Serious cracks are now showing in the European Union. And for once, the blame cannot be ascribed to Greece.
Over the last couple of months, hundreds of thousands of immigrants from the Middle East, Africa and Asia have been pouring into Europe. Many are escaping war and violence, others are passing through scores of countries to find their way to one of the cash cows of Germany or the UK.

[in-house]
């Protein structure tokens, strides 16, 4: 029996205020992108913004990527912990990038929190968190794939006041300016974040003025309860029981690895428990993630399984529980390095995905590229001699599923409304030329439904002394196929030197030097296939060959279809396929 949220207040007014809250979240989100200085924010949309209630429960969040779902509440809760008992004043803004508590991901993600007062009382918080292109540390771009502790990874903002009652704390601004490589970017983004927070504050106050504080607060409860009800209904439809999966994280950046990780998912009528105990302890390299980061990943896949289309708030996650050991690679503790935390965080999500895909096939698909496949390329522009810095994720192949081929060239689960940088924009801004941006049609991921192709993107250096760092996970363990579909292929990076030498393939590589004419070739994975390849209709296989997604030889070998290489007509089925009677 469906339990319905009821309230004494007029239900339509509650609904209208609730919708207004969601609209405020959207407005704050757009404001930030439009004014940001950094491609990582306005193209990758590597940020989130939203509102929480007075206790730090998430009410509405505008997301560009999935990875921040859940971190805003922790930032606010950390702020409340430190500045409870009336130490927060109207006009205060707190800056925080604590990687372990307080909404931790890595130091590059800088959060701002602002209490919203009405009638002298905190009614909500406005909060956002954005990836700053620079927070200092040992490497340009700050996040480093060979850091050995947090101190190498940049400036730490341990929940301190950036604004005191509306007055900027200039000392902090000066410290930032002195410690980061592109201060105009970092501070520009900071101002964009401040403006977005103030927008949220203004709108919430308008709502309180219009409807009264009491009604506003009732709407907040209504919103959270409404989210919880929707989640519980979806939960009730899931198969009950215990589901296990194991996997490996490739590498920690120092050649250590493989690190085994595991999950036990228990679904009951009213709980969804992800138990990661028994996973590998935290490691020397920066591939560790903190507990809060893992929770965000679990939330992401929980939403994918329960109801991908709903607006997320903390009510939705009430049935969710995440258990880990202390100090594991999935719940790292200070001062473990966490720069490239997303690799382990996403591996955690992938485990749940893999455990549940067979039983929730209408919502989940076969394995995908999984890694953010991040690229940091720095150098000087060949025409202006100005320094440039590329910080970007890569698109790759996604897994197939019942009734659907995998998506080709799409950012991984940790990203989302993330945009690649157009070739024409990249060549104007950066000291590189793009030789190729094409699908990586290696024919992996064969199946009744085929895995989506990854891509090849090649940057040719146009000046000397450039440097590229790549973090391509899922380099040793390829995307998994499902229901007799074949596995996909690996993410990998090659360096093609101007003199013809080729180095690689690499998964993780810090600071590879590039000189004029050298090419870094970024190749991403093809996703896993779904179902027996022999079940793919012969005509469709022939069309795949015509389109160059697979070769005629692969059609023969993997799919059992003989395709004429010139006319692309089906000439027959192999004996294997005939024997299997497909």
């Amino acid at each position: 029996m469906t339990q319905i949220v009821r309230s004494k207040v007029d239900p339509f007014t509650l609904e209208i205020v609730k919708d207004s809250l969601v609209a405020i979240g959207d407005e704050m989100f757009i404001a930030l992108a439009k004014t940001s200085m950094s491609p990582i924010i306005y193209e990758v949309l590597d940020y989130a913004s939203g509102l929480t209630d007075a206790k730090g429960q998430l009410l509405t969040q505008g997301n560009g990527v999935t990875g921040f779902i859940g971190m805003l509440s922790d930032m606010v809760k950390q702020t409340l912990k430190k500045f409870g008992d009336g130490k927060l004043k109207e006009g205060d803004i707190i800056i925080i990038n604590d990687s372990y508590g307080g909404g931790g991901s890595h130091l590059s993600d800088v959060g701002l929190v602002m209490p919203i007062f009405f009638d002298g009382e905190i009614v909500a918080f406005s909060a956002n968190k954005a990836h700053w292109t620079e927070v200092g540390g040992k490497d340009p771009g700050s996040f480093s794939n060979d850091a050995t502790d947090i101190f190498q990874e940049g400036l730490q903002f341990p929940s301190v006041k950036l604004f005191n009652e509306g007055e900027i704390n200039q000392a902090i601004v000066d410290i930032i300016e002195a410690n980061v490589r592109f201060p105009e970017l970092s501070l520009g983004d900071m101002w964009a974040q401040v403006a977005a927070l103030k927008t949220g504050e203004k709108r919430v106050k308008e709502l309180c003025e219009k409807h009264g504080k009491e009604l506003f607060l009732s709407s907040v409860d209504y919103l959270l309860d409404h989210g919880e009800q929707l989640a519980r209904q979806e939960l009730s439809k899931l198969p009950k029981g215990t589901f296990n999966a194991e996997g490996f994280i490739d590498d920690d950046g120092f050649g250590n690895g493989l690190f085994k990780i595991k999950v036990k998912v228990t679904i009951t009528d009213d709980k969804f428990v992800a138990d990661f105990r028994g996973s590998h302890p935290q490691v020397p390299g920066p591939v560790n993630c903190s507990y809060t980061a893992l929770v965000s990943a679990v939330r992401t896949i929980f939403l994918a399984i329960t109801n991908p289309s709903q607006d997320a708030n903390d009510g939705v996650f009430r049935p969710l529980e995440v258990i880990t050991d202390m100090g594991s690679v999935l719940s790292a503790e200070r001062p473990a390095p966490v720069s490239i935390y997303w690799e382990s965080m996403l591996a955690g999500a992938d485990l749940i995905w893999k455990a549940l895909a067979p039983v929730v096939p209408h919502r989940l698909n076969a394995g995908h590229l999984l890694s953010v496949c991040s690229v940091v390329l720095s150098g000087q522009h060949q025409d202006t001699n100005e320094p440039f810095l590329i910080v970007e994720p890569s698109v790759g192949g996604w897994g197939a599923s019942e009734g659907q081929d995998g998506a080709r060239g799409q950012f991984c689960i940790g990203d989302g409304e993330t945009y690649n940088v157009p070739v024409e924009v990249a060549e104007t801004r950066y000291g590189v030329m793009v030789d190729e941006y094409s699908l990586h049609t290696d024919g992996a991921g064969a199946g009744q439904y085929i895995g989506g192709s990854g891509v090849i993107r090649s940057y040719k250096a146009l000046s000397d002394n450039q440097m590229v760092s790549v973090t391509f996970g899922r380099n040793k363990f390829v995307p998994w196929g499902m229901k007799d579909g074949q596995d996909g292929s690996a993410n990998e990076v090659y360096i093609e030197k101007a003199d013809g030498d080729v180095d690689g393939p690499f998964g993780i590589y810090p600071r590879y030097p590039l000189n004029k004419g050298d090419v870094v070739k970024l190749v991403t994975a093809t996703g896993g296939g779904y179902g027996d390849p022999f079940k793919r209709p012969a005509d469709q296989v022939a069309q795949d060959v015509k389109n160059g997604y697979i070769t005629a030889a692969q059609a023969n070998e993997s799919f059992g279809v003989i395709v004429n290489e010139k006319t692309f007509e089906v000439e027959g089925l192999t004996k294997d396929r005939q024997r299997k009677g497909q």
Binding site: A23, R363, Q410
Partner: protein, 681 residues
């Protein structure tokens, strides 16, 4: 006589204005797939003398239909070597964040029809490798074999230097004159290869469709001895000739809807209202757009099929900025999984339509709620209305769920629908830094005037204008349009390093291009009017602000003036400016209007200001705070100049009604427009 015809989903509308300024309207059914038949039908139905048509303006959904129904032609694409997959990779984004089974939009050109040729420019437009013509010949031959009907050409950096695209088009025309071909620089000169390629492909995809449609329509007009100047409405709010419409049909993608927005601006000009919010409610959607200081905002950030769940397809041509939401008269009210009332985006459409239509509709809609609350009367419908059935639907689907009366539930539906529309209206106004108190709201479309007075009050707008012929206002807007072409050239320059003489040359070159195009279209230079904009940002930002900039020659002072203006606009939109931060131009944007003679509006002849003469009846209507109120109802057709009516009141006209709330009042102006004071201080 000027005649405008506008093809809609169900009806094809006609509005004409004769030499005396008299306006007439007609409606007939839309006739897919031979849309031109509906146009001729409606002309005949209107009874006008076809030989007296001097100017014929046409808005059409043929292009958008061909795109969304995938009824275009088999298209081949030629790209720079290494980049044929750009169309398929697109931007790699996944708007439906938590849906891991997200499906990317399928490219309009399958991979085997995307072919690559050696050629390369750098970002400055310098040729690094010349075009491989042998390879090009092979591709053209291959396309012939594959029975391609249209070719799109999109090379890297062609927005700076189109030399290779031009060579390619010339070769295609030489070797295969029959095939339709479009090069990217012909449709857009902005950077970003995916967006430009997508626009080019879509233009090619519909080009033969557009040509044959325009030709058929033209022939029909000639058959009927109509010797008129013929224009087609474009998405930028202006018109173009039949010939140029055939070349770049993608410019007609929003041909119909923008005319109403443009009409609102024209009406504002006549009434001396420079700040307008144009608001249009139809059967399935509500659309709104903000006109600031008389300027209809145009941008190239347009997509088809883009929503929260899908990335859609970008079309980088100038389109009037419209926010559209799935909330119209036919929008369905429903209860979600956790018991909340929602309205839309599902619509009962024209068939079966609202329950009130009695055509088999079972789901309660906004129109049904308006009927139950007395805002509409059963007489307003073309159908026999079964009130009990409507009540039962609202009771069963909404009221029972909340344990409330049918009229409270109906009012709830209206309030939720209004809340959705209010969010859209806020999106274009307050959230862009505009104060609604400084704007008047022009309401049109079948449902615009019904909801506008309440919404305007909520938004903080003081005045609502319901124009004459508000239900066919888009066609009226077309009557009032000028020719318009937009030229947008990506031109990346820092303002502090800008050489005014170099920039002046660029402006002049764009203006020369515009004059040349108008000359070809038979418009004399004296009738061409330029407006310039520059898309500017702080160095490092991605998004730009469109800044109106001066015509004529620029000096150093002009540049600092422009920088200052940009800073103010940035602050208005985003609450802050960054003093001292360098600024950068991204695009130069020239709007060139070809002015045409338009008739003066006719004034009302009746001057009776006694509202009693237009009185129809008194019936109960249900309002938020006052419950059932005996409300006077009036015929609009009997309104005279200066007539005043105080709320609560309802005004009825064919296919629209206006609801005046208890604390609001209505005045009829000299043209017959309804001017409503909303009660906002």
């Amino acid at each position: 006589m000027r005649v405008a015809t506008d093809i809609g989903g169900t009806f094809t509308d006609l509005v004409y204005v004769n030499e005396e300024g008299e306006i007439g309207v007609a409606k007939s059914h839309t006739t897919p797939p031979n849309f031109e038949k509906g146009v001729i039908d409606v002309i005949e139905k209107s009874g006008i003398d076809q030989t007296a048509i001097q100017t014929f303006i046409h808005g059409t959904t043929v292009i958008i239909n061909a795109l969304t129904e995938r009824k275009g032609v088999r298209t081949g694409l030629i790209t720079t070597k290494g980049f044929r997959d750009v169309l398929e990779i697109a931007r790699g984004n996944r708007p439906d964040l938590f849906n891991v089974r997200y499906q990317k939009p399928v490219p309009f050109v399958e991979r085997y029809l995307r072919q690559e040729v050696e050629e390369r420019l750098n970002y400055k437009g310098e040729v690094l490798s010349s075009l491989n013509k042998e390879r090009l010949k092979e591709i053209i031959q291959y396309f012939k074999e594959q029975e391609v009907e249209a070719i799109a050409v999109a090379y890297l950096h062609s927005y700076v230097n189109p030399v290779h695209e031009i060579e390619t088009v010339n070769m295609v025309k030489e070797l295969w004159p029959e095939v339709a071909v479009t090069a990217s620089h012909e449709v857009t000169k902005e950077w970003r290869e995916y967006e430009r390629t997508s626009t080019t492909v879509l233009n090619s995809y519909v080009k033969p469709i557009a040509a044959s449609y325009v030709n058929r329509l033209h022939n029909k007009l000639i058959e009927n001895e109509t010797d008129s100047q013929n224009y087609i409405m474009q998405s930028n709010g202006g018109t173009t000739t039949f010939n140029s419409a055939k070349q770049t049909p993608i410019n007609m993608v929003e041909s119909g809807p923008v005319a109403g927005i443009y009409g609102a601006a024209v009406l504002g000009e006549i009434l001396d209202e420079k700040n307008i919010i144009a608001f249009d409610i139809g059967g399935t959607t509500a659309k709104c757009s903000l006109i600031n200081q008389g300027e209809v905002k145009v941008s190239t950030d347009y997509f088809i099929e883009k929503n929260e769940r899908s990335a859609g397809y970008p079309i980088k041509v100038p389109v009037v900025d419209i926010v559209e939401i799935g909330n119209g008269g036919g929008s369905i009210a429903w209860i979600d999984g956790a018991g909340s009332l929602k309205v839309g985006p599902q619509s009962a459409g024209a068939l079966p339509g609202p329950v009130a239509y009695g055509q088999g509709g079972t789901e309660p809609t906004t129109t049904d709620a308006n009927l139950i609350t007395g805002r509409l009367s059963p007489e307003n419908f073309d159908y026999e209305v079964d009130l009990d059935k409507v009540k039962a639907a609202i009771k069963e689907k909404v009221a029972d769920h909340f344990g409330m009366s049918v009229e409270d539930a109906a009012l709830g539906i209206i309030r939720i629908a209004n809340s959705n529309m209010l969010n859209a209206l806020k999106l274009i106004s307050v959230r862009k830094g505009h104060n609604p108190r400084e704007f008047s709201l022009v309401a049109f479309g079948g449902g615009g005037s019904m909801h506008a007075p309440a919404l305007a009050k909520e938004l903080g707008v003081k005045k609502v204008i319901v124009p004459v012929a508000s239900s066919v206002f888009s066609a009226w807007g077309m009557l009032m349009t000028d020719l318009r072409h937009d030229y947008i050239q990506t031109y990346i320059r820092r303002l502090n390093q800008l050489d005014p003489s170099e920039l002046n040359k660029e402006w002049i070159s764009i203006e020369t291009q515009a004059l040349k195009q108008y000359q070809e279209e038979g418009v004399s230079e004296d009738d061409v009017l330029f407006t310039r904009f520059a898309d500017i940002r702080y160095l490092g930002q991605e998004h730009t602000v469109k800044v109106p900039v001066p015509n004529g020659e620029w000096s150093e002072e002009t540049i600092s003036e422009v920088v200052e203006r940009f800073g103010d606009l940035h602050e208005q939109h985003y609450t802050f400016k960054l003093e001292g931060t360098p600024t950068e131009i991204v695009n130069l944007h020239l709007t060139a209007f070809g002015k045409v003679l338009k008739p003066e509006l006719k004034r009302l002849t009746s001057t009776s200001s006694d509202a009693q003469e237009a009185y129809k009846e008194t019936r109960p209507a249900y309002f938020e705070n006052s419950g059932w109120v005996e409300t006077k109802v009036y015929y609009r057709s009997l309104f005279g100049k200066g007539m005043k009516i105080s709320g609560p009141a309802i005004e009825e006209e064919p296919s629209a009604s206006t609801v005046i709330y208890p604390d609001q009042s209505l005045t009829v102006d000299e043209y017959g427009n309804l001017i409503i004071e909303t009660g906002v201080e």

But with refugee centres at collapsing point, riot police needed to drag people off railway tracks, and asylum seekers protesting in Hungry, demanding to be taken to the nation of their choosing, the EU as an institution is now perhaps on the brink of collapse, unable to deal orderly with the influx of new arrivals.
Individual nations are now having to regulate the immigration from their borders, and the Eastern European nations are doing most of the heavy lifting.
With relations at breaking point, and individual nations being forced to go it alone and make their own decisions, the question of whether the EU and the Euro can survive even another year could well be in doubt.